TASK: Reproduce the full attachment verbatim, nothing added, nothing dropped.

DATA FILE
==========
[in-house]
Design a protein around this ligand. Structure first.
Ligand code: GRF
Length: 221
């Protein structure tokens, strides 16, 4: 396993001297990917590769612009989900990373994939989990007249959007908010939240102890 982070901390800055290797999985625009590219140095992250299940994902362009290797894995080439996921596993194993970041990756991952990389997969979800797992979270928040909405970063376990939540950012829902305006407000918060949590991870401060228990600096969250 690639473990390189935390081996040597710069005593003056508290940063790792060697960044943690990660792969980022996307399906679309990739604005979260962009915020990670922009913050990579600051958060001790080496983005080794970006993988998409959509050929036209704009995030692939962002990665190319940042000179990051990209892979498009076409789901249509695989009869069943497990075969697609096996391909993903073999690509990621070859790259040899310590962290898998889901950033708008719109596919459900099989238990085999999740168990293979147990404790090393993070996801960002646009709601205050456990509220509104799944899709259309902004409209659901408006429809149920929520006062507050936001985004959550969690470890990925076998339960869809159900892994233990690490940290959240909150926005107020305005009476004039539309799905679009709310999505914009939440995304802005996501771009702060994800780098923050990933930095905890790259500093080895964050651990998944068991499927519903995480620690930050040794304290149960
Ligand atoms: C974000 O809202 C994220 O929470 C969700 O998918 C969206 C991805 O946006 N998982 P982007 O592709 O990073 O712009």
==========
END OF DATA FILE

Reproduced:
[in-house]
Design a protein around this ligand. Structure first.
Ligand code: GRF
Length: 221
């Protein structure tokens, strides 16, 4: 396993001297990917590769612009989900990373994939989990007249959007908010939240102890 982070901390800055290797999985625009590219140095992250299940994902362009290797894995080439996921596993194993970041990756991952990389997969979800797992979270928040909405970063376990939540950012829902305006407000918060949590991870401060228990600096969250 690639473990390189935390081996040597710069005593003056508290940063790792060697960044943690990660792969980022996307399906679309990739604005979260962009915020990670922009913050990579600051958060001790080496983005080794970006993988998409959509050929036209704009995030692939962002990665190319940042000179990051990209892979498009076409789901249509695989009869069943497990075969697609096996391909993903073999690509990621070859790259040899310590962290898998889901950033708008719109596919459900099989238990085999999740168990293979147990404790090393993070996801960002646009709601205050456990509220509104799944899709259309902004409209659901408006429809149920929520006062507050936001985004959550969690470890990925076998339960869809159900892994233990690490940290959240909150926005107020305005009476004039539309799905679009709310999505914009939440995304802005996501771009702060994800780098923050990933930095905890790259500093080895964050651990998944068991499927519903995480620690930050040794304290149960
Ligand atoms: C974000 O809202 C994220 O929470 C969700 O998918 C969206 C991805 O946006 N998982 P982007 O592709 O990073 O712009």